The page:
Construction sector failing to learn from past projects
New survey calls for greater take up of Project 13 procurement tools to boost performance
Major real estate and infrastructure clients are failing to measure performance and implement lessons learnt from programme reviews, according to analysis of the UK construction sector – missing the opportunity to improve delivery and ensure cost efficiencies.
Our new survey has found that 48 percent of key client programmes across the industry do not consistently measure performance. In addition, 61 percent do not take action to review procurement processes in light of lessons learnt from past projects.
The study into procurement approaches across a multitude of sectors focused on capable owners, governance, organisation, integration and digital transformation. These align with the key pillars of Project 13, an initiative from the Infrastructure Client Group (ICG) which is supported by the Institution of Civil Engineers and designed to help UK construction move from a transactional to an enterprise approach to boost productivity.
A key challenge exists around the implementation of innovative digital technologies which as a result hinders client competitiveness. Close to half of those surveyed said they did not have an efficient data management system in place.
Gareth Poole, director of contract services, said:
Successful procurement is rooted in consistent measurement of performance, embracing and implementation of technologies, effective risk management and supply chain collaboration.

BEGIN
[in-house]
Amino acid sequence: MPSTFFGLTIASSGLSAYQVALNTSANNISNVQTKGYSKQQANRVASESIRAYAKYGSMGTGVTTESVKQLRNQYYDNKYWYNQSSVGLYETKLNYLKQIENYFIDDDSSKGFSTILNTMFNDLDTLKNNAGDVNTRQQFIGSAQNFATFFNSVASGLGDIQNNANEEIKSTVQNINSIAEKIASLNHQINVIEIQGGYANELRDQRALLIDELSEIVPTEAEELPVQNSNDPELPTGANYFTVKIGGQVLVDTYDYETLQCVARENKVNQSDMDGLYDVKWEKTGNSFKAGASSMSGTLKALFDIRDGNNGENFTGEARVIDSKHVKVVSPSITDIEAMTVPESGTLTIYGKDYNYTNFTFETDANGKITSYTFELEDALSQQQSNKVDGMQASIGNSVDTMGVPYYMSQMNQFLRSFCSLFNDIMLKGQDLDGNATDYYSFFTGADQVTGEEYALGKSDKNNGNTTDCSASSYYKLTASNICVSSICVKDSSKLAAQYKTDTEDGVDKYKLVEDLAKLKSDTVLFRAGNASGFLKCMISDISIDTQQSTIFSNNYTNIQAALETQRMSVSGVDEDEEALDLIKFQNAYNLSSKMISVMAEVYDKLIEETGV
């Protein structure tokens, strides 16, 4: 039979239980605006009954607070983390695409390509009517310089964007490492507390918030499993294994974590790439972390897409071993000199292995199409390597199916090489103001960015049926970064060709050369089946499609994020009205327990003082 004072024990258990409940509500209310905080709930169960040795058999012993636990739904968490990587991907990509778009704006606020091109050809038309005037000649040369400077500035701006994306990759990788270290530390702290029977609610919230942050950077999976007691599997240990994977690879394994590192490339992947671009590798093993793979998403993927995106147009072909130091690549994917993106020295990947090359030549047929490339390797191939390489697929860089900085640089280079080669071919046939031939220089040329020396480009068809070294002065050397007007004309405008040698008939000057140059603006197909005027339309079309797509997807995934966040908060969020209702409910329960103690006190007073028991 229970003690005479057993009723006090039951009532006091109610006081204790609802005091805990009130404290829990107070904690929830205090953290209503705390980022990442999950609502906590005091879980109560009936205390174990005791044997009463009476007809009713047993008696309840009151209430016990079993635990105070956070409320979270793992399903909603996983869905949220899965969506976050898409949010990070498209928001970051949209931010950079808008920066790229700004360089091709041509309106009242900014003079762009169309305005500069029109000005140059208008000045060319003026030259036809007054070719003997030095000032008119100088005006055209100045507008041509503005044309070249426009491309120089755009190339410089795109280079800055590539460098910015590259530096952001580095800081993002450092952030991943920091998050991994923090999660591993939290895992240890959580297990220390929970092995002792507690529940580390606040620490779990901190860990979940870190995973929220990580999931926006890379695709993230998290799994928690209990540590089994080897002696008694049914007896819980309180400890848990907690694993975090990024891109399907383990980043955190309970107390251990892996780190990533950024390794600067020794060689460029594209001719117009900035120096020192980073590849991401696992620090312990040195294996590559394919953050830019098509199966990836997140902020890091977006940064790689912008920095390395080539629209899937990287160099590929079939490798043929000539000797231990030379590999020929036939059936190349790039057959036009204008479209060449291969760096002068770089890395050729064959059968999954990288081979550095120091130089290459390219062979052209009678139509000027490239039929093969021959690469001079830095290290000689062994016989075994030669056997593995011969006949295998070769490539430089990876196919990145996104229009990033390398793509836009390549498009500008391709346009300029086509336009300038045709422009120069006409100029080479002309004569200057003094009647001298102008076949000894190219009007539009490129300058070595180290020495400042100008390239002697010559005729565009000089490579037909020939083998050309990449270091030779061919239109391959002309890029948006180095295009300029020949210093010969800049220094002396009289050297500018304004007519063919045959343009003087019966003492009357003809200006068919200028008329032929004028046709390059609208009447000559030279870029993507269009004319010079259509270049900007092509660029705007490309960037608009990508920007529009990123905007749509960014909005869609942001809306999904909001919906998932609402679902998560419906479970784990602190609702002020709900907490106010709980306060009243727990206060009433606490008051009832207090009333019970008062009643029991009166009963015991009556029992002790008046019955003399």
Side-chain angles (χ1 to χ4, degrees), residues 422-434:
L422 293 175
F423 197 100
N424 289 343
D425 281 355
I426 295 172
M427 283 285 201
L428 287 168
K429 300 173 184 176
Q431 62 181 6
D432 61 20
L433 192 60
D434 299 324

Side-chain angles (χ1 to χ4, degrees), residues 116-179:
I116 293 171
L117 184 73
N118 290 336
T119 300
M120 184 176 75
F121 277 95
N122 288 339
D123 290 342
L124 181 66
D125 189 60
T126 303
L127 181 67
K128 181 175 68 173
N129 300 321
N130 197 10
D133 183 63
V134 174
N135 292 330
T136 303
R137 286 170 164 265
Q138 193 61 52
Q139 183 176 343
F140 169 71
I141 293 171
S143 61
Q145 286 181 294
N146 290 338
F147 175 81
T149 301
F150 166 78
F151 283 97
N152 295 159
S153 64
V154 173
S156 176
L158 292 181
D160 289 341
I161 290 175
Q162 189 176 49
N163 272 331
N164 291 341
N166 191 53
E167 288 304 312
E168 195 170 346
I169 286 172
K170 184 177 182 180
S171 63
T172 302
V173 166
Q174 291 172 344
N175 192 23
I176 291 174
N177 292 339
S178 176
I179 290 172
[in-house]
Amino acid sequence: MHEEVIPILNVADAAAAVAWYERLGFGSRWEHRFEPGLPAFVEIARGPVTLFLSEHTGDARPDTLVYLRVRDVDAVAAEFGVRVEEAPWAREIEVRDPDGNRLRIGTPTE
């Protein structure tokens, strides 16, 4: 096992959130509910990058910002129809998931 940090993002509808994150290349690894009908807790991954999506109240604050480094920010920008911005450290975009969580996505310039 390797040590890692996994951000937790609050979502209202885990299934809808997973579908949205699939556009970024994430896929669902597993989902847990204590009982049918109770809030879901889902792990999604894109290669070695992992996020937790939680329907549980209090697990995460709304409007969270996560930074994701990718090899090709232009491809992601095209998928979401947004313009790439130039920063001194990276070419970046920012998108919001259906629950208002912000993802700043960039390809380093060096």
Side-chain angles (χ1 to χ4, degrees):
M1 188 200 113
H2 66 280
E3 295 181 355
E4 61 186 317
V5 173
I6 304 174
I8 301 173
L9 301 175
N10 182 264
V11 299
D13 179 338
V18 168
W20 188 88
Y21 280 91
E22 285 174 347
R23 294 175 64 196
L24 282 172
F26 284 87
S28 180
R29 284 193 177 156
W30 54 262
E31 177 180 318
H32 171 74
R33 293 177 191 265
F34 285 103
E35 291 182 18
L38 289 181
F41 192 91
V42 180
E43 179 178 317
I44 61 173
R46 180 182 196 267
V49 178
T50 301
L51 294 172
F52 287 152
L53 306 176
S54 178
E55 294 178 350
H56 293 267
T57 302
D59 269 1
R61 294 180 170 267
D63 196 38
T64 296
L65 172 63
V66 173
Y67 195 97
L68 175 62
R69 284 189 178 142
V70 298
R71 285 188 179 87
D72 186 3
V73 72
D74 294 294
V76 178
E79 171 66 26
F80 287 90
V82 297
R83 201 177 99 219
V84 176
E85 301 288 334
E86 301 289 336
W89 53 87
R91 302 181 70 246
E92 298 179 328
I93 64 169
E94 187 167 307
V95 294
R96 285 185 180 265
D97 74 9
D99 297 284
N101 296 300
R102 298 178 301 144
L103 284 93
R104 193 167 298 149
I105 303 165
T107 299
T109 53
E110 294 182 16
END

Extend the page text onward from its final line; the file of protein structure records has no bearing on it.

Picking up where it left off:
“We need to be adopting the new approach to performance measurement outlined in Project 13 – embedding a system to provide information to continuously measure ‘as delivered’ and ‘as operated’ performance against customer outcomes.”
Over half of clients in the sector are also failing to offer effective incentives to suppliers based on volume and performance and nearly three quarters do not operate commercial incentive models to improve supply chain efficiency. This incentivisation is key to driving performance and innovation and maximising cash flow.
By contrast, risk management – one of the six commercial principles of Project 13 – appears better understood and adopted across the industry.
60 per cent of respondents are confident that their contracts set out how risks should be identified and managed during the life cycle of a project.
The Project 13 commercial handbook makes clear that risks the owner or investor are accountable for should not be transferred to the supply chain. Instead all parties in the enterprise are given incentives and potential reward based on their ability to mitigate the risks.
The study also highlighted a dramatic improvement in attitude towards cross-industry collaboration – with 69 percent of clients in the industry now seeking to foster open and honest relationships within the supply chain, a significant shift from the 27 per cent of respondents who believed such collaboration would enhance performance of the industry when asked last year.
Gareth Poole added:
“Our research highlighted a significant shift in attitudes towards collaboration, but there is improvement to be made in performance measurement and the monitoring of lessons learned so that revised practices can be utilised in future procurements, particularly those identified as high risk. This is particularly important given the current state of market volatility and political uncertainty.”